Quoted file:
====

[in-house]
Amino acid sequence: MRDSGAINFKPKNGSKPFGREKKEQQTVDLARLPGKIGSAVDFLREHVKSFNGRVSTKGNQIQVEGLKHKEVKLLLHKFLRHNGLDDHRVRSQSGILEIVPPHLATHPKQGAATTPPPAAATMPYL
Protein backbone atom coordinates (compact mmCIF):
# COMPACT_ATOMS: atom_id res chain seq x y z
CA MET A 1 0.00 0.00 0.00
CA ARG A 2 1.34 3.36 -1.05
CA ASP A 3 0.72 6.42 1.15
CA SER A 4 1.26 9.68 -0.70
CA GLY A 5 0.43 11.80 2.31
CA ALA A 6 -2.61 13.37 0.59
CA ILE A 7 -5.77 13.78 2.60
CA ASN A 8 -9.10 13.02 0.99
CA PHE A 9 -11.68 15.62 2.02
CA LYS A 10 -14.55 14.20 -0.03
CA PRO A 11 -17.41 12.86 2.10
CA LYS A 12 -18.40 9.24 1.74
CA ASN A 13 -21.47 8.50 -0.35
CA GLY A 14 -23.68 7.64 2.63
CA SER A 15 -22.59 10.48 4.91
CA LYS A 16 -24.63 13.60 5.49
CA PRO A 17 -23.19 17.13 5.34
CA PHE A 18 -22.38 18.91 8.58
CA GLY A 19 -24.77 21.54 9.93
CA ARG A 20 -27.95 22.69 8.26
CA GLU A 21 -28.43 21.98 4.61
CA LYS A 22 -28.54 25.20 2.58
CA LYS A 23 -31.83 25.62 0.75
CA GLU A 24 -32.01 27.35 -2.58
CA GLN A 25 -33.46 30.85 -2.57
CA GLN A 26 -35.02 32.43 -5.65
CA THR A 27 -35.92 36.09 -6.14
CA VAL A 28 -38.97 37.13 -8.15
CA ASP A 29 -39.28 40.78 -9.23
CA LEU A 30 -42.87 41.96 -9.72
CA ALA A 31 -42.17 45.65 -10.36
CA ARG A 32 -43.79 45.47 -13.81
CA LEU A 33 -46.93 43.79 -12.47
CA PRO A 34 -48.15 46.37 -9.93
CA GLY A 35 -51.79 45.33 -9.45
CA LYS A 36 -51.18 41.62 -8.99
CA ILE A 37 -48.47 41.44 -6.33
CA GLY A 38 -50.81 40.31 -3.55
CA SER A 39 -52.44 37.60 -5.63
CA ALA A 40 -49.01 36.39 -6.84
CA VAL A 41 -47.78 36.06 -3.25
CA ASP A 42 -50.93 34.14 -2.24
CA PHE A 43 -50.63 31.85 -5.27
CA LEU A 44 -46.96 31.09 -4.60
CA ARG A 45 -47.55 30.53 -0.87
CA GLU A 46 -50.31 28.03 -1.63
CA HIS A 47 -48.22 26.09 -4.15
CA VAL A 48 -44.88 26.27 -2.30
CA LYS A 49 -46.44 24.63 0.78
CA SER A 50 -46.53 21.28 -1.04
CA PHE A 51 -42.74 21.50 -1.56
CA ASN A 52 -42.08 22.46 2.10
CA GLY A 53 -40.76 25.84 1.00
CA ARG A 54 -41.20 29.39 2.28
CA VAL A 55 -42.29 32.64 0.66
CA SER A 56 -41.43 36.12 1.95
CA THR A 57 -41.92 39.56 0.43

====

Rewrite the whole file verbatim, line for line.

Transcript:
[in-house]
Amino acid sequence: MRDSGAINFKPKNGSKPFGREKKEQQTVDLARLPGKIGSAVDFLREHVKSFNGRVSTKGNQIQVEGLKHKEVKLLLHKFLRHNGLDDHRVRSQSGILEIVPPHLATHPKQGAATTPPPAAATMPYL
Protein backbone atom coordinates (compact mmCIF):
# COMPACT_ATOMS: atom_id res chain seq x y z
CA MET A 1 0.00 0.00 0.00
CA ARG A 2 1.34 3.36 -1.05
CA ASP A 3 0.72 6.42 1.15
CA SER A 4 1.26 9.68 -0.70
CA GLY A 5 0.43 11.80 2.31
CA ALA A 6 -2.61 13.37 0.59
CA ILE A 7 -5.77 13.78 2.60
CA ASN A 8 -9.10 13.02 0.99
CA PHE A 9 -11.68 15.62 2.02
CA LYS A 10 -14.55 14.20 -0.03
CA PRO A 11 -17.41 12.86 2.10
CA LYS A 12 -18.40 9.24 1.74
CA ASN A 13 -21.47 8.50 -0.35
CA GLY A 14 -23.68 7.64 2.63
CA SER A 15 -22.59 10.48 4.91
CA LYS A 16 -24.63 13.60 5.49
CA PRO A 17 -23.19 17.13 5.34
CA PHE A 18 -22.38 18.91 8.58
CA GLY A 19 -24.77 21.54 9.93
CA ARG A 20 -27.95 22.69 8.26
CA GLU A 21 -28.43 21.98 4.61
CA LYS A 22 -28.54 25.20 2.58
CA LYS A 23 -31.83 25.62 0.75
CA GLU A 24 -32.01 27.35 -2.58
CA GLN A 25 -33.46 30.85 -2.57
CA GLN A 26 -35.02 32.43 -5.65
CA THR A 27 -35.92 36.09 -6.14
CA VAL A 28 -38.97 37.13 -8.15
CA ASP A 29 -39.28 40.78 -9.23
CA LEU A 30 -42.87 41.96 -9.72
CA ALA A 31 -42.17 45.65 -10.36
CA ARG A 32 -43.79 45.47 -13.81
CA LEU A 33 -46.93 43.79 -12.47
CA PRO A 34 -48.15 46.37 -9.93
CA GLY A 35 -51.79 45.33 -9.45
CA LYS A 36 -51.18 41.62 -8.99
CA ILE A 37 -48.47 41.44 -6.33
CA GLY A 38 -50.81 40.31 -3.55
CA SER A 39 -52.44 37.60 -5.63
CA ALA A 40 -49.01 36.39 -6.84
CA VAL A 41 -47.78 36.06 -3.25
CA ASP A 42 -50.93 34.14 -2.24
CA PHE A 43 -50.63 31.85 -5.27
CA LEU A 44 -46.96 31.09 -4.60
CA ARG A 45 -47.55 30.53 -0.87
CA GLU A 46 -50.31 28.03 -1.63
CA HIS A 47 -48.22 26.09 -4.15
CA VAL A 48 -44.88 26.27 -2.30
CA LYS A 49 -46.44 24.63 0.78
CA SER A 50 -46.53 21.28 -1.04
CA PHE A 51 -42.74 21.50 -1.56
CA ASN A 52 -42.08 22.46 2.10
CA GLY A 53 -40.76 25.84 1.00
CA ARG A 54 -41.20 29.39 2.28
CA VAL A 55 -42.29 32.64 0.66
CA SER A 56 -41.43 36.12 1.95
CA THR A 57 -41.92 39.56 0.43